“A MAP of the BRITISH AND FRENCH SETTLEMENTS IN NORTH AMERICA.” Published: Gentlemen’s Magazine, London, July 1755. Cartography by John Lodge. Original engraved map. Folds as issued, verso blank. Left margin extended to facilitate matting. (Paper size: 12 x 17 ¾ ’’ – Image size: 11 x 15 ¼’’ – 280x390mm)
A marvelous historical map of the eastern half of North America from Hudson Bay to the Gulf of Mexico highlighting the area in dispute between the French and English at the outset of the French & Indian War.
This is one of the earliest maps to show the theater of war in a conflict that would soon erupt on a global scale. Within a year after this map was published, Britain formally declared war on France, sparking the worldwide conflict known as the Seven Years’ War, and ending in 1763 with the Treaty of Paris where France lost the majority of its colonial claims in North America to the British victors.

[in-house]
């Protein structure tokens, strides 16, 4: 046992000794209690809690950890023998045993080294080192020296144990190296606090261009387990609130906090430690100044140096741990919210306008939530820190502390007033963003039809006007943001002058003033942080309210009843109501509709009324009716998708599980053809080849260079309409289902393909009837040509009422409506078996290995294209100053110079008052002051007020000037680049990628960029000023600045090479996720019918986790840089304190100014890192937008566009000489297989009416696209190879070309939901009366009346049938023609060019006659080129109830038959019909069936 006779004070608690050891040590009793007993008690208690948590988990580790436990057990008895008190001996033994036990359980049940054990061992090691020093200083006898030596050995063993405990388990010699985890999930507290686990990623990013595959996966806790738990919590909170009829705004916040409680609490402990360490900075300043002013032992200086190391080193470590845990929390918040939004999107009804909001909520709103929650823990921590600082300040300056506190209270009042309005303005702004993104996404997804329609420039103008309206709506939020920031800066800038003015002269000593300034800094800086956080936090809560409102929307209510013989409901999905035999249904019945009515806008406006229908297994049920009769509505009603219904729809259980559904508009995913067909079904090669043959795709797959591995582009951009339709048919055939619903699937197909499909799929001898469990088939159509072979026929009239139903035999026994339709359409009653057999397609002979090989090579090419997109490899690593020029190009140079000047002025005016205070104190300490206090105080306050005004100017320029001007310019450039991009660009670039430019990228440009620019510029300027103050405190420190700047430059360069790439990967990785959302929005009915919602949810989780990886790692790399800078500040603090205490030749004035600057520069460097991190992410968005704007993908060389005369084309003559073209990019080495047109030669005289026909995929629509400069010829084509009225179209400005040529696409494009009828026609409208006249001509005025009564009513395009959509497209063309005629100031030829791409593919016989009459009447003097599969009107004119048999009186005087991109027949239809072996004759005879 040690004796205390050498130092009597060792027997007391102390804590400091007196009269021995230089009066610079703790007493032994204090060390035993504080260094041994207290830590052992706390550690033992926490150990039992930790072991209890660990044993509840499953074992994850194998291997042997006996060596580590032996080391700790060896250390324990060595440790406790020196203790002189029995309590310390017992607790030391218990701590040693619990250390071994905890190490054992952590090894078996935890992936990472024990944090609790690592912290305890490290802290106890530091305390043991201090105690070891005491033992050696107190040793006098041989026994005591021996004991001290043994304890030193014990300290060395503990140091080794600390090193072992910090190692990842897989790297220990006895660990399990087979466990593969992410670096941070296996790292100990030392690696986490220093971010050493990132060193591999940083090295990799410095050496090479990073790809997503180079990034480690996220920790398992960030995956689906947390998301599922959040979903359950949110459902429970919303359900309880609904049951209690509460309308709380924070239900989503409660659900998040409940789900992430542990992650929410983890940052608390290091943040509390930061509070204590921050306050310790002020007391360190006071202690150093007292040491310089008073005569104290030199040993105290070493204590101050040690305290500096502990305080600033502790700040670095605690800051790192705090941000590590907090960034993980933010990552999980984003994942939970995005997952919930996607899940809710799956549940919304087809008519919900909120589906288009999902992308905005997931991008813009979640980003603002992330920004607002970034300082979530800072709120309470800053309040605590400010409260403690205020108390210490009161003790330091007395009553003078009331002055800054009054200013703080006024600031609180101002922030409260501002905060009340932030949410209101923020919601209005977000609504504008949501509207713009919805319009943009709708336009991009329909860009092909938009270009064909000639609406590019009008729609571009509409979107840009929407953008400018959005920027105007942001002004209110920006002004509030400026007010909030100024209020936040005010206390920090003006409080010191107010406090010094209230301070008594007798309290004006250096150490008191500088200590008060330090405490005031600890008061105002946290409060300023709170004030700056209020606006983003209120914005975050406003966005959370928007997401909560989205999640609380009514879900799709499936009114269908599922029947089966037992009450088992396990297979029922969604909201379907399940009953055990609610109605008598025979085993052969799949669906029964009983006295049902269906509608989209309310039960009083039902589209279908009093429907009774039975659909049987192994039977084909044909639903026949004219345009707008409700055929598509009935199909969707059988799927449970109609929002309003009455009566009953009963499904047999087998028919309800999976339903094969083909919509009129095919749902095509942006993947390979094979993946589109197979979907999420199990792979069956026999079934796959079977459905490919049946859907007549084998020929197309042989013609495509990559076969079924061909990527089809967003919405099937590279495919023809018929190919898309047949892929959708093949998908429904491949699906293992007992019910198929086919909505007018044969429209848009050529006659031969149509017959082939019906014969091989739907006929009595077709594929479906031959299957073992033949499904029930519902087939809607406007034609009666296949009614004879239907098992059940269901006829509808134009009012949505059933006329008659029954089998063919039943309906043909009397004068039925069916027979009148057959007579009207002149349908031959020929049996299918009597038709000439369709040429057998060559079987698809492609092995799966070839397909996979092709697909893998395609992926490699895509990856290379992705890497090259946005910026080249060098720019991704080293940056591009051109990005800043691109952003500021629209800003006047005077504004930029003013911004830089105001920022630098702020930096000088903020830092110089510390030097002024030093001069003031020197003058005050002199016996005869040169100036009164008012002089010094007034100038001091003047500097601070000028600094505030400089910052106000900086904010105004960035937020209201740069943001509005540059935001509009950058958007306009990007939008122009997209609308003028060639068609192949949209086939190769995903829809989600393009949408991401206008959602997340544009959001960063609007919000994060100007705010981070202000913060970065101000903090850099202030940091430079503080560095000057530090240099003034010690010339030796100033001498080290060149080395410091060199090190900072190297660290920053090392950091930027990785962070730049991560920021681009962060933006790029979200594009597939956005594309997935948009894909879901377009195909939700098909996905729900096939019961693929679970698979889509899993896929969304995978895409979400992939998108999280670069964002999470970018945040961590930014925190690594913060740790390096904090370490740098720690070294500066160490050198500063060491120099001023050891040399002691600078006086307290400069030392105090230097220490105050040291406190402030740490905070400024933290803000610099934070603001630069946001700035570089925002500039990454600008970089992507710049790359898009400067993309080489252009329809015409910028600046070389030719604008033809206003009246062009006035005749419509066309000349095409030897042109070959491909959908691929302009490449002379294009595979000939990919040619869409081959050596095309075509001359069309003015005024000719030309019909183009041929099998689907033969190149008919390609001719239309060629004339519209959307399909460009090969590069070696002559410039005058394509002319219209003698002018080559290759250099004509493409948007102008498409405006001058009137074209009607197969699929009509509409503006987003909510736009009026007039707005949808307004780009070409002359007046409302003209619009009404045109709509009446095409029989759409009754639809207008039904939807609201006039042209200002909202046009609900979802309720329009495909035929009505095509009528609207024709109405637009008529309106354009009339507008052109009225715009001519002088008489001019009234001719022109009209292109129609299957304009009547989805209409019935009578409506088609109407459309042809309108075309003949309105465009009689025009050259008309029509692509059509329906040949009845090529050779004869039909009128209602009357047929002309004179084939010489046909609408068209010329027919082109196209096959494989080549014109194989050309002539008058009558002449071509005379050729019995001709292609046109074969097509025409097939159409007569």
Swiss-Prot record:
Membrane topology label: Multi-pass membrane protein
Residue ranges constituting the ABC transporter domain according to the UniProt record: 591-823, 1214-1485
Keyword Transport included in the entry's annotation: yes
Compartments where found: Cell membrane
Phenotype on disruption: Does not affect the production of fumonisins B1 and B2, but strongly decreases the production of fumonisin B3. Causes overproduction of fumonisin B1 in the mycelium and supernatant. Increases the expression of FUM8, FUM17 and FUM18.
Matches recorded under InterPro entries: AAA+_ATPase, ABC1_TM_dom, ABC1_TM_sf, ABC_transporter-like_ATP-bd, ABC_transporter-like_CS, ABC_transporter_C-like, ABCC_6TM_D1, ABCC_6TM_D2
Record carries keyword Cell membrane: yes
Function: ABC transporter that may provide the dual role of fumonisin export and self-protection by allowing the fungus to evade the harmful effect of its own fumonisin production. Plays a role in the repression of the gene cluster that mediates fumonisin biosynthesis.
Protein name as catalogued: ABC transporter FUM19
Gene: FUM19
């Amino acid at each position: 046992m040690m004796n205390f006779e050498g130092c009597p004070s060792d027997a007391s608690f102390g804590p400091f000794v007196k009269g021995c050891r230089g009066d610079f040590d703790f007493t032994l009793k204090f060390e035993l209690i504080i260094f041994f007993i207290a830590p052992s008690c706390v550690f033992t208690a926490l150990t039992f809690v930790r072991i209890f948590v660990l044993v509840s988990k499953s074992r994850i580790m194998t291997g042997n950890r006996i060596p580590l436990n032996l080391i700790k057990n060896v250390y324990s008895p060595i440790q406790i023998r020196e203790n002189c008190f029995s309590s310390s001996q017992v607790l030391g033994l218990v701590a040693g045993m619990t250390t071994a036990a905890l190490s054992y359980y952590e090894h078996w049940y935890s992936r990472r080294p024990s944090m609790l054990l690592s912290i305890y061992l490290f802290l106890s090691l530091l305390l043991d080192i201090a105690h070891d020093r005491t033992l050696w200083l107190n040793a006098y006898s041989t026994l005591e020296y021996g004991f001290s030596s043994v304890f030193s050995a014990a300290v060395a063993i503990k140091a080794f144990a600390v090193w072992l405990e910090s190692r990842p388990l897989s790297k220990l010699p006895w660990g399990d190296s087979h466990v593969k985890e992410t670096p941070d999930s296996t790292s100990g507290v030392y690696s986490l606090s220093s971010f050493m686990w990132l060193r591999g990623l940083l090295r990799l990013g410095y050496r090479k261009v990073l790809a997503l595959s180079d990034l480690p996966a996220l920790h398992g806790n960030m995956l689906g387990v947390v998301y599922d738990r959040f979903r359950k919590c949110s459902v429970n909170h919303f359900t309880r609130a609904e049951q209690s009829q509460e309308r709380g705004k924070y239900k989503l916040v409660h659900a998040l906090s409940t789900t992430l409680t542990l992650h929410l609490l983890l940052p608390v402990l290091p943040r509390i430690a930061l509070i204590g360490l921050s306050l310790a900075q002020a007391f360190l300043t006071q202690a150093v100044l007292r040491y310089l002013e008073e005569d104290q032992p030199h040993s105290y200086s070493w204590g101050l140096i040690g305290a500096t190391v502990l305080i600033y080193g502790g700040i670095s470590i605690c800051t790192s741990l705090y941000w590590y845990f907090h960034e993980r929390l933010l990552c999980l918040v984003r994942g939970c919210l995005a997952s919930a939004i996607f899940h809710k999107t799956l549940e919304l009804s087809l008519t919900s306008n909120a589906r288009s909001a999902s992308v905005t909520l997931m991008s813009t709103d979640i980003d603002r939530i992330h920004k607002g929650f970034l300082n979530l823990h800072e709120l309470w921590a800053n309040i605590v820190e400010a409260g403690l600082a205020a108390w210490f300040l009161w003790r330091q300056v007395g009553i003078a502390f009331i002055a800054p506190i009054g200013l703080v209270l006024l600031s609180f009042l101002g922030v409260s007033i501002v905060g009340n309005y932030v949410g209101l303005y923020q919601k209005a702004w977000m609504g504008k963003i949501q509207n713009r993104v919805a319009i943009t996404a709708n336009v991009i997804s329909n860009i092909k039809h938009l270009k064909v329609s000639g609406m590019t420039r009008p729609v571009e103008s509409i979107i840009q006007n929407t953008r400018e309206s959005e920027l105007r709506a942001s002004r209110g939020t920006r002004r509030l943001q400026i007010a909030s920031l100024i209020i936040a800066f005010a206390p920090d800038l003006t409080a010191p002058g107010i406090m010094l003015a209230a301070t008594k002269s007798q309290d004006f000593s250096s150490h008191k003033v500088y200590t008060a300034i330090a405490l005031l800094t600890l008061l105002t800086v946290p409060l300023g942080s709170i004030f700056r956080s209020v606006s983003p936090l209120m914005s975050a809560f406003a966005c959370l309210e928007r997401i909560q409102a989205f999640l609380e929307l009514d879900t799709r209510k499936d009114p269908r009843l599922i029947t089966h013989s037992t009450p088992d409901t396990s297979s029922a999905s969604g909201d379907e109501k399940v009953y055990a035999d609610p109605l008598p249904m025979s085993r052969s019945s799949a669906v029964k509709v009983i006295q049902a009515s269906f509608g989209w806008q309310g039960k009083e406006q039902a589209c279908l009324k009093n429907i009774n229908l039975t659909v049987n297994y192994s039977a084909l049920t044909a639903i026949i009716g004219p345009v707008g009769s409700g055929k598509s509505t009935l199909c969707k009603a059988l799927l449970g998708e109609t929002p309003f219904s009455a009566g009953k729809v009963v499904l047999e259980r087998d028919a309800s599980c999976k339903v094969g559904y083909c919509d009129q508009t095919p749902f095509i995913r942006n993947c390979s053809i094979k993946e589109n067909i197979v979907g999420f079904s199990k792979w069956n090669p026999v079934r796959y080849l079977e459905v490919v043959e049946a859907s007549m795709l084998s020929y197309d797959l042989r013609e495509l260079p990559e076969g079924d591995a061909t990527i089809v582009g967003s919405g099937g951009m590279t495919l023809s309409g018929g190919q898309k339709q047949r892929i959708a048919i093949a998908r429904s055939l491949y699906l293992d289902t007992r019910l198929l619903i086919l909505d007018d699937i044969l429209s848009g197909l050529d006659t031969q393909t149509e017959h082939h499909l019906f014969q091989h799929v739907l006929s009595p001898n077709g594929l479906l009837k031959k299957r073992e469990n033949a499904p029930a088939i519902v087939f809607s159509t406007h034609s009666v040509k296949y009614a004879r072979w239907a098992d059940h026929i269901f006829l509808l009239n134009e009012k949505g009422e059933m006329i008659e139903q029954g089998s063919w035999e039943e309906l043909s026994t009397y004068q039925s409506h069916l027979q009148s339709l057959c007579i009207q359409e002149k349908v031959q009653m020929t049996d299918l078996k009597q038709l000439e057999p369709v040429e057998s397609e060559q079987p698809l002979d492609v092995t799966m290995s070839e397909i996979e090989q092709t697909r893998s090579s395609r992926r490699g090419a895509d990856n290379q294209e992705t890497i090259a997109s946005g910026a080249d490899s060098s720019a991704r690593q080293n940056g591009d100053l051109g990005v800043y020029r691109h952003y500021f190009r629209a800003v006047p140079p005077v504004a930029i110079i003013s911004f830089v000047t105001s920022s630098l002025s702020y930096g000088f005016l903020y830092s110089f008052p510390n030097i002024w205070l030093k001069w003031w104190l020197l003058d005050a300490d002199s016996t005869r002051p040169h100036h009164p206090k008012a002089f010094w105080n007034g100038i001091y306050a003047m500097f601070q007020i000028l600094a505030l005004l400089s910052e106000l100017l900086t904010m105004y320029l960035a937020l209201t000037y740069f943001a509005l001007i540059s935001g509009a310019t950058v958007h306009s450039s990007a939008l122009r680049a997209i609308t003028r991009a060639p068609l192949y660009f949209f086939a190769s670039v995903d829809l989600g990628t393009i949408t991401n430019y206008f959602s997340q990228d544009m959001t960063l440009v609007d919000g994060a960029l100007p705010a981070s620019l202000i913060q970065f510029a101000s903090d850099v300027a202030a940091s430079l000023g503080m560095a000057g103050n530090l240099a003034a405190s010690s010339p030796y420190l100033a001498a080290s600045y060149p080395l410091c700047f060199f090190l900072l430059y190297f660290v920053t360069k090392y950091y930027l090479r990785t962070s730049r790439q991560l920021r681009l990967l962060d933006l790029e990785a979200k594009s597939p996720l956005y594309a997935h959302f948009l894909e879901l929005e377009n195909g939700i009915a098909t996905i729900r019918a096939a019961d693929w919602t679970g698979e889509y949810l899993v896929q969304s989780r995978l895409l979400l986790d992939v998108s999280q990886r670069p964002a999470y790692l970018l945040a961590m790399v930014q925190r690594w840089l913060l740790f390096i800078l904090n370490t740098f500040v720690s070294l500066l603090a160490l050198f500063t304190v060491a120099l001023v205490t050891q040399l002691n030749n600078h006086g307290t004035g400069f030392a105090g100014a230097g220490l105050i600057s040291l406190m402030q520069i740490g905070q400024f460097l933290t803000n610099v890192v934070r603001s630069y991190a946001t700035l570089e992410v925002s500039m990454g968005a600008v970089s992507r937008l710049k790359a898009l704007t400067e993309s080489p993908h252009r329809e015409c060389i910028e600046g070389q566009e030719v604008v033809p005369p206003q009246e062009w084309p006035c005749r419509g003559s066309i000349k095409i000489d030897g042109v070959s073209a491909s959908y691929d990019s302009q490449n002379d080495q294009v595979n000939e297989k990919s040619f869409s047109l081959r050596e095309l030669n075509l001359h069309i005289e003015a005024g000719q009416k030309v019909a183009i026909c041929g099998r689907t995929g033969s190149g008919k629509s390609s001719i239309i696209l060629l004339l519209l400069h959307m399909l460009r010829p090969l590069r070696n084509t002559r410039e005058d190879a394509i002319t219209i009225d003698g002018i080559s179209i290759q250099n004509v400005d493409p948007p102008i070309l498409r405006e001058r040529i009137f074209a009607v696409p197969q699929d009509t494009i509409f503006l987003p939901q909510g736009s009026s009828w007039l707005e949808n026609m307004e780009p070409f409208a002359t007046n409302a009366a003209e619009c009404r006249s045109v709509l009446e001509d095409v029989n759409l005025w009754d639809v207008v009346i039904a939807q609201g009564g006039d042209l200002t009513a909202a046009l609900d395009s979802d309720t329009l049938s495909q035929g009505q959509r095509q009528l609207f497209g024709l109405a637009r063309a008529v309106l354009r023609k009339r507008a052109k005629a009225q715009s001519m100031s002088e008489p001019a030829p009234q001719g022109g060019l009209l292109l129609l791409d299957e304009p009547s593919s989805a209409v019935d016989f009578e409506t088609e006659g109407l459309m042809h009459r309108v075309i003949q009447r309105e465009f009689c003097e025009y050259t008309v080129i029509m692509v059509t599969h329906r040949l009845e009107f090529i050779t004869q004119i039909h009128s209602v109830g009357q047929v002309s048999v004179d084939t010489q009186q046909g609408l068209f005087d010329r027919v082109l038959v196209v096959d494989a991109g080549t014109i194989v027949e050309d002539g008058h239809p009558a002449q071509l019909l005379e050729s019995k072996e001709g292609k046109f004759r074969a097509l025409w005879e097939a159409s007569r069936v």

Colonies are labeled as well as forts and other settlements and various Indian tribes around the Ohio and Mississippi rivers. Bodies of water and some geographic features are also marked. At least 30 early English and French forts are shown. “The French Incroachments are shewn by Oblique strokes, and their Forts with two Strokes, the English Forts by a single Stroke."
The map includes historical notes on the English claim to North America and the origins of several colonies. The boundaries of Virginia, North Carolina, Southern Carolina and Georgia extend to the Mississippi.
Well printed in black on laid period paper, finely engraved with descriptive details and a large title cartouche at lower right. In overall fine antiquarian condition, originally notched for folding - the lower left margin has been extended with period paper.
Reference: Jolly, Maps in British Periodicals, GENT-91.